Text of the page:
2018 Aston Martin Rapide S
– Best-looking four-door ever
– Premium cabin trim
– Power and handling
– Rear seat space
– Not as quick as rivals
– A little bit pricey
Aston Martin has been a staple of James Bond movies since forever. Sure, there were a few deviations thanks to product placements by Lotus and BMW, but the quintessential British spy always returns to his favourite sports car. But what if one of 007’s relationships actually went somewhere, and he had a couple of kids to tow around? That’s where the Rapide comes in.
Built on a version of the DB9 platform, the Aston Martin Rapide claimed to be the only four-door sports car in the world when it debuted in 2010. It was kind of true, because no other fast four-door was actually built on a platform derived from a real sports car. Since then, it has undergone only minor updates and a facelift in 2013, making it the oldest offering in the Aston Martin range.
The version we drove is the Aston Martin Rapide S Shadow Edition, sporting the massive grille it received in a 2014 facelift. This special edition is mostly an interior trim package, available in either a shade of black or silver, and certain mechanical upgrade options such as adaptive damping are made standard. Even after all these years, it’s a stunning car, and easily the best-looking four-door currently on sale, largely because it retains the coupe-style lines of the DB9.
As expected, the dashboard comes straight from DB9. With plenty of bespoke buttons, leather, wood and metal, it looks stylishly clean yet more traditional than its mass market competitors. The only let down is the small pop-up navigation screen, which is at odds with the surrounding expensive materials.
Opening up the doors that hinge slightly upwards, the Rapide has great space up front with comfortable-yet-supportive seats, but the rear door apertures are unusually small. Entering the rear seats requires stepping across the wide sill, putting one foot into the tight footwell, and then twisting into the deep bucket seats while watching your head. It’s not the most practical four-door around, but once you’re in, there’s about as much rear legroom as a sub-compact car, while the headroom is enough for average-sized folks. It feels snug thanks to a huge transmission tunnel that doubles as a centre console separating the rear seats and the shallow windows all round, with big one-piece seatbacks lacking adjustable headrests.
There are cup-holders for both front and rear passengers, with numerous other small storage spaces and pockets. The rear boot opening is actually hatchback-style, so it is convenient, but the actual boot volume is small and awkwardly shaped. The load floor is not fully flat, but there is a simple panel separating the boot from the cabin, which once removed, can fit in long items with the rear seats folded down.
Tech-wise, there’s the unique buttons for the gear selection, the dial-controlled multimedia screen, and the touch “buttons” for certain infotainment and a/c settings, although thankfully there are physical knobs and buttons for important settings such as a/c temperature, fan speed and drive modes. Other features include cooled front and rear seats, electric parking brake, a sweet Bang & Olufsen stereo and bi-xenon headlights with LED markers and rear lights. The a/c is decidedly average in a Dubai summer. And there is no smart keyless start, as you have to insert the key-fob (dubbed the “Emotion Control Unit” and has crystal glass on one end) into a port in the dash and push on it to start the car, which was cool a decade ago.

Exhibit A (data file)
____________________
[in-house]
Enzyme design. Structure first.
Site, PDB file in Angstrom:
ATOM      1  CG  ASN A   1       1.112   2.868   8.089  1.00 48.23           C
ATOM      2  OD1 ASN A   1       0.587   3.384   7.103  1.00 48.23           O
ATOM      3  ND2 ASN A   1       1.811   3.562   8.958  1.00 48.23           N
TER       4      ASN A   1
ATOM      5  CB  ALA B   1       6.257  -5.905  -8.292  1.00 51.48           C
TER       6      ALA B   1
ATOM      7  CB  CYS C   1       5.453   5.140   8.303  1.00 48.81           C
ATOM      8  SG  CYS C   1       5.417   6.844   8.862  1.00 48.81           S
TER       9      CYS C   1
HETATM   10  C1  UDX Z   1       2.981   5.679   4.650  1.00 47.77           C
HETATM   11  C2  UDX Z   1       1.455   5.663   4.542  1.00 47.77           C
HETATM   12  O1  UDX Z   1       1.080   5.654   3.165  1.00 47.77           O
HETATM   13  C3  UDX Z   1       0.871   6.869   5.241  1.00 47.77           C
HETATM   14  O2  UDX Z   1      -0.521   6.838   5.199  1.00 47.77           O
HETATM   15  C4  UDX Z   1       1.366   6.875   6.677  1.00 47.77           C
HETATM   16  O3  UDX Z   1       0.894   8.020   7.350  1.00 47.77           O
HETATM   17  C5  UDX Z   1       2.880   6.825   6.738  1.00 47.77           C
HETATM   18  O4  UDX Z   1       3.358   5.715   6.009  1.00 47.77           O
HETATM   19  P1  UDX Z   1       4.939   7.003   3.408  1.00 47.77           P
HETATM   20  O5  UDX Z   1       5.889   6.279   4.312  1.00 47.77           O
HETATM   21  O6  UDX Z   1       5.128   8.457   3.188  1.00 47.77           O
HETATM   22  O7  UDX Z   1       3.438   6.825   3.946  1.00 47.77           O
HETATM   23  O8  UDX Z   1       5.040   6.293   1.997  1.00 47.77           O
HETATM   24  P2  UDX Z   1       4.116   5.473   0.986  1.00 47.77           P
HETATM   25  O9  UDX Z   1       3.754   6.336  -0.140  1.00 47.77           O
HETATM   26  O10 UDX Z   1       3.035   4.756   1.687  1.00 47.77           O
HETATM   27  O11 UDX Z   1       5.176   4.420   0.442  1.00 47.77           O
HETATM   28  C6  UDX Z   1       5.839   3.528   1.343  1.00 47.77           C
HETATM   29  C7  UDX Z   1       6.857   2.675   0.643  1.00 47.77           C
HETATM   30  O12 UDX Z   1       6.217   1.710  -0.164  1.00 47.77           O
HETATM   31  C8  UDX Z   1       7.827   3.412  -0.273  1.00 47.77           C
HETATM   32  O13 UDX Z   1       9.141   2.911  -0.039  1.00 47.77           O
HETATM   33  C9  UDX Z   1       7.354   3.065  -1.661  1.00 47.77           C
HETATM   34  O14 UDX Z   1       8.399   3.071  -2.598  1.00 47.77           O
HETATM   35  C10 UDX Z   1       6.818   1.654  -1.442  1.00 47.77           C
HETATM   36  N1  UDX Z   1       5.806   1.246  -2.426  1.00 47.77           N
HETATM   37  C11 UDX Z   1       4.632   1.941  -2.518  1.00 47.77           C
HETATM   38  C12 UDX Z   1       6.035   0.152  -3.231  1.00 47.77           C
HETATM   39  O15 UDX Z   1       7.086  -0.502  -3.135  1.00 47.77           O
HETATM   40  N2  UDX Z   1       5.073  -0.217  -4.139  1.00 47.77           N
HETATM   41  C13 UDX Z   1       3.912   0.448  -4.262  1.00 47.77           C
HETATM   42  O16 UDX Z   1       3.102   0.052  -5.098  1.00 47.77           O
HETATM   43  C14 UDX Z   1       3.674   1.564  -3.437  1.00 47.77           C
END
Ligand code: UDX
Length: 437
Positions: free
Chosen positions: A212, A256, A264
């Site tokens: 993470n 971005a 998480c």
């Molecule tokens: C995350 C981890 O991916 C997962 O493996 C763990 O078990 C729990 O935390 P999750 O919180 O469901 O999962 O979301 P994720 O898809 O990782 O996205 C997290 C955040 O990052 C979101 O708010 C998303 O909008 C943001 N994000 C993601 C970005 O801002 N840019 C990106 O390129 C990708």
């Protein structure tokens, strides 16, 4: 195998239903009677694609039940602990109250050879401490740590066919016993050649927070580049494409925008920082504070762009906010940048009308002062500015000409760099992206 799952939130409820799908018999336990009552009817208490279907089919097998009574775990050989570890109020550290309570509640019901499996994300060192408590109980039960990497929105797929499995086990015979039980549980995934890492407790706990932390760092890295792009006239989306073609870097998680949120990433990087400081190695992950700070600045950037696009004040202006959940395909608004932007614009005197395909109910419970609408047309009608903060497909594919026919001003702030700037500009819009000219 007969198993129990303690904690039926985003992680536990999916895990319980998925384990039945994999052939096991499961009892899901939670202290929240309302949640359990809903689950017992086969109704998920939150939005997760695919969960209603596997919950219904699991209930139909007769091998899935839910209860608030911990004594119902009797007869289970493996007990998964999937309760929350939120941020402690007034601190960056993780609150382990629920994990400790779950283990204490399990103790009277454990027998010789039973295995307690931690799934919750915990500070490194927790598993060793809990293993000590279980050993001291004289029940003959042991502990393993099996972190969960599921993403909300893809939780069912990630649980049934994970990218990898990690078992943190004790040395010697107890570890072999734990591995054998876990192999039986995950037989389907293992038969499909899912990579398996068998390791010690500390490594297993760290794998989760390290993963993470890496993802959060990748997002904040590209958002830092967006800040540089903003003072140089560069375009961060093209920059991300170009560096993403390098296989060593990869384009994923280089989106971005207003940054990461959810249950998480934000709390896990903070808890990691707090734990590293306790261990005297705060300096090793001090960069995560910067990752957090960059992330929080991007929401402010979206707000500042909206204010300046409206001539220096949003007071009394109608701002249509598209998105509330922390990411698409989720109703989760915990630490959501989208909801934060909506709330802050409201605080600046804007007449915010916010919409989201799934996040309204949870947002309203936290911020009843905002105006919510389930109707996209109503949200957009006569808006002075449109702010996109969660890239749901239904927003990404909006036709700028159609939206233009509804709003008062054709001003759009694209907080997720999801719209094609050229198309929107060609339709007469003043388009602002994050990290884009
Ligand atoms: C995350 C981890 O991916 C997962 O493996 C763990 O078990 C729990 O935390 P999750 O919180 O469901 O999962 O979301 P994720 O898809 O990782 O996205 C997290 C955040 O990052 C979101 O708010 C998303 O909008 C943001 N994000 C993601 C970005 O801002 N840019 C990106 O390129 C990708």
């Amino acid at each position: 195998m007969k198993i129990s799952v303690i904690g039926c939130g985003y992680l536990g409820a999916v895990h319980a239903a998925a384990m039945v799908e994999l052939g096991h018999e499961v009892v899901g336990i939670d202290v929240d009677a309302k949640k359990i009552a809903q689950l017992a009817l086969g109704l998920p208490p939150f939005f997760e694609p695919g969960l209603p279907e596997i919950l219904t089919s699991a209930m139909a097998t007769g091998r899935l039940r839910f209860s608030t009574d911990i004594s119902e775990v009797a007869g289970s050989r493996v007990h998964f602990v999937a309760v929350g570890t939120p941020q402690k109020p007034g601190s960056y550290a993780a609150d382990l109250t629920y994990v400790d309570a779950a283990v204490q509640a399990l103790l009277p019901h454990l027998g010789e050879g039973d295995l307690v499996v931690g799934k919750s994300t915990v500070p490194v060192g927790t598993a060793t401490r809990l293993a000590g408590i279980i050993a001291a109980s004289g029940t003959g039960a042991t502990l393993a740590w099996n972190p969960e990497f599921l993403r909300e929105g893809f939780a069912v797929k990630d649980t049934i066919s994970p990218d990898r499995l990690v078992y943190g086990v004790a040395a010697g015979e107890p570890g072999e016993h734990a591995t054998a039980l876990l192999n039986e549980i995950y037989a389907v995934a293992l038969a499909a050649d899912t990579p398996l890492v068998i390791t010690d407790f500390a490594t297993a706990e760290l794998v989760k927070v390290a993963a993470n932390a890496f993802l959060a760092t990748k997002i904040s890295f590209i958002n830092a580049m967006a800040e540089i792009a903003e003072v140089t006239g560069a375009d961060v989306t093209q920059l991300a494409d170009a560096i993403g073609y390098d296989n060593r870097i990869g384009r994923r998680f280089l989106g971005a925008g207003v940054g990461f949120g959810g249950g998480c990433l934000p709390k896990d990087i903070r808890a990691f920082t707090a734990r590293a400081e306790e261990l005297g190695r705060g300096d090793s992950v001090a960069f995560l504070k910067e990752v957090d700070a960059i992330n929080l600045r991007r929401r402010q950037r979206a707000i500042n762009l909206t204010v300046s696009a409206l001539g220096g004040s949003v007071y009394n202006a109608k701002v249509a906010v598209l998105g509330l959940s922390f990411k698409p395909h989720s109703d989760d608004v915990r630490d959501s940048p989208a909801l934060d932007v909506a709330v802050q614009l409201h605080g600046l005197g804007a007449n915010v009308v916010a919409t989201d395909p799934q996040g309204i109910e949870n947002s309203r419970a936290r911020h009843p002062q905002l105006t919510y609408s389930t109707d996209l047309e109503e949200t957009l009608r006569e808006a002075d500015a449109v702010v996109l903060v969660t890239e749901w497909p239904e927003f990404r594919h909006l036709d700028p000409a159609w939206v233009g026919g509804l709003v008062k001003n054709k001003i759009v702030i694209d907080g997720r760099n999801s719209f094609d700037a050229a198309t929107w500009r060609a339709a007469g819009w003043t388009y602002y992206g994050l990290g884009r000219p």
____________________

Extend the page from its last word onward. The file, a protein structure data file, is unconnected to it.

In the engine bay is the latest version of Aston Martin’s 5.9-litre (or 5935cc) V12. It’s old-school and forgoes modern tech, but with plenty of displacement and an angry roar, it makes a solid 560 hp at 6650 rpm and 630 Nm of torque at 5500 rpm, sending power to the rear wheels via a smooth paddle-shiftable 8-speed automatic. It’s not as powerful as certain turbocharged rivals, but it’s more performance than you’ll ever need.
The motor offers progressive acceleration and has enough of a low-end kick to be fun at city speeds, while the real adventure starts at the high revs where there’s just an avalanche of power. It doesn’t feel as quick as turbo-engined rivals, but it has plenty of poke with an as-tested 0-100 kph time of 4.9 seconds, and the manual-shift mode is responsive enough to be entertaining.
Fuel consumption hovered around 19 litres/100 km with mixed driving during our test, expected for this kind of car.
What really surprises is its refinement compared to its two-door siblings. The Rapide’s adaptive suspension is firm but very well damped over most road surfaces. The cabin is also decently insulated from wind noise and tyre roar, although nowhere near Bentley or Maybach levels, given its sporty demeanour. Only at very high speeds do the 245/40 front and 295/35 rear tyres wrapping the 20-inch alloys generate road noise to the point of disturbance.
With sportier suspension settings, the Rapide S gets tighter body control at the cost of a harsher ride. But it makes for outstanding handling, considering it is essentially a full-size sedan in terms of length.
The Rapide S is well balanced and feels more confident around curves than the shorter-wheelbase Vanquish. The steering is well-weighted, very responsive and offering enough feedback. And there’s tons of grip, with mild understeer as you get close to the limits without overdoing the throttle.
It took us 8 years to finally try a Rapide. The last Aston we got in our parking lot was the flagship Vanquish half a decade ago, and it wasn’t particularly impressive as a supercar. However, the current Rapide S is rather good as a supersedan. It may not be the most practical or modern four-door around, but it certainly gets the job done as an exotic driving experience as well as transport for 007’s kids.
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